We created a set of standards to identify a comparison community similar to the impact zone. We considered income levels and racial and ethnic composition of the population as well as environmental conditions such as distance from possible sources of pollution like landfills and oil wells. We selected comparison communities that are in or near Los Angeles County and demographically similar to the impact zone. We did not use comparison communities in areas further away because that would introduce environmental, social, and contextual variations that are not quantifiable and would restrict our ability to draw meaningful conclusions.

Studying Specific Subpopulations in the Impact Zone

Will UCLA examine community members who have left the area or passed away since the blowout?2024-05-15T16:09:58-07:00

We will identify individuals who lived in the area during the blowout but have since left using multiple data sources and methods including mobility tracking and health utilization data. We are actively seeking legal settlement information and welcome the community’s input to comprehensively account for these changes. Individuals who have moved away or died since the blowout will be included in the analysis of the California Health Interview Survey and health care utilization data. Individuals who moved away since the blowout may also be eligible to participate in the focus groups.

Will the Study examine and help community members who have most suffered from the exposure?2024-05-15T16:09:58-07:00

The Study is primarily a population-based study, designed to determine if people living in the community closest to the natural gas facility experienced a higher level of health impact that can be attributed to the blowout or ongoing operations of the facility than those living far away. This approach will also help to answer questions about whether people in the community are at higher risk of developing certain medical conditions or diseases in the future, so that residents can take measures to screen for exposure and take preventative measures.

In addition, as part of the Study, we are developing a comprehensive list of the types of medical tests that communities that face these exposures can request from their own physicians. We have further provided the opportunity to hear directly from community members about their experiences in community meetings.

Sharing the Study Findings and Recommendations

Will UCLA make recommendations to regulators?2024-05-15T16:09:58-07:00

Our objective is to provide a comprehensive assessment of exposure and health impacts of the blowout and the most robust and scientifically sound information possible to inform public health decisions.

Our findings can be used by regulatory agencies, policymakers, health care providers, and community organizations to inform local responses and/or actions that support the recovery and the health of the impacted communities. While we aim to supply valuable insights that can assist regulators and communities in establishing standards or limits related to natural gas health hazards, it is not within our purview to identify standards or regulations.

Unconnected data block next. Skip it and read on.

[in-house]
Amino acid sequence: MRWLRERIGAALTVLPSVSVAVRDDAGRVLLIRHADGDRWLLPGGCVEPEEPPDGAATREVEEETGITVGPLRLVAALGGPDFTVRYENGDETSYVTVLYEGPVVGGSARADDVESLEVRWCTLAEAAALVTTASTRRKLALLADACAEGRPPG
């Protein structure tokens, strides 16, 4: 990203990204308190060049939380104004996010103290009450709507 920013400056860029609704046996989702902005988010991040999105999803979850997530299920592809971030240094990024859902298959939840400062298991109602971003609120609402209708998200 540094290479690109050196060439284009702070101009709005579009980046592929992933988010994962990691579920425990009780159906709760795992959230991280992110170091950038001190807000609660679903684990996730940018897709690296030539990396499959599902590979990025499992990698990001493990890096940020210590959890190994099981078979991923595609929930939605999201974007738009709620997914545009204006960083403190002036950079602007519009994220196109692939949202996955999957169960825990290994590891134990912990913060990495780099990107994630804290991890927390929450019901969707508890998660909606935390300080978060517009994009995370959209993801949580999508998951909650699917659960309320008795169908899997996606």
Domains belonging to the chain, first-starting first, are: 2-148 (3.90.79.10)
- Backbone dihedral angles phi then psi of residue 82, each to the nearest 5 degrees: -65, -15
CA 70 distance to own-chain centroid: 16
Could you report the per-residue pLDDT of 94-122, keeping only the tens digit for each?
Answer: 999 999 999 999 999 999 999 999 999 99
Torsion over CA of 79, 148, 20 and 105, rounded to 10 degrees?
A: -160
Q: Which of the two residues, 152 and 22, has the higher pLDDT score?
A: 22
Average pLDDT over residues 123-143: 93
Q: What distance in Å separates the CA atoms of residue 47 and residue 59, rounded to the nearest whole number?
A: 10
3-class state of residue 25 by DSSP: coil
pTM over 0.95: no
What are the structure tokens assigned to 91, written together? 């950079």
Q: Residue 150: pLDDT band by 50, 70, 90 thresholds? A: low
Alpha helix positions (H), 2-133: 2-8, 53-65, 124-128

Similarly, while the UCLA Team excels in studying emissions and their potential health impacts, we may not possess the expertise needed to manage natural gas storage fields and thus to make regulatory recommendations. Therefore, while we can offer general guidance, we acknowledge that the specifics of implementation may require the involvement of regulatory authorities with the necessary expertise to ensure the safety and well-being of the community.

When will the study end? When will findings be available?2024-05-15T16:09:58-07:00

The Study is planned for five years and will come to completion at the end of October 2027, pending approval for continuation of the study by the Scientific Oversight Committee (SOC) by the end of the third year. We will share findings of the completed studies as soon as they become available, followed by publication in scientific journals. We will share findings prior to the end of the third year and through the end of the Study.

Community Engagement

How will UCLA engage the community? How will UCLA incorporate community feedback?2024-05-16T16:40:44-07:00

We believe that effective community engagement is crucial to the success of the Study and appreciate suggestions for improving our efforts. We have developed a Community Stakeholder Communications Plan (CSCP) that provides a comprehensive guide to community engagement efforts during implementation of the Study. The CSCP is posted on the website.

We have held and plan to hold additional general community meetings to provide overall Study information and updates as well as focused meetings to address more specific topics. These focused meetings will allow for deeper discussion of those topics that are of greatest interest.

The CSCP also calls for the development of a Community Engagement Support and Advice Network (CESAN). This network aims to tap into the expertise of individuals who understand the community’s unique dynamics and preferences. It will include a diverse range of organizations and community groups to ensure that the advisory network encompasses a broad cross-section of community demographics and interests. We are committed to working closely with the CESAN to effectively engage and motivate residents to participate.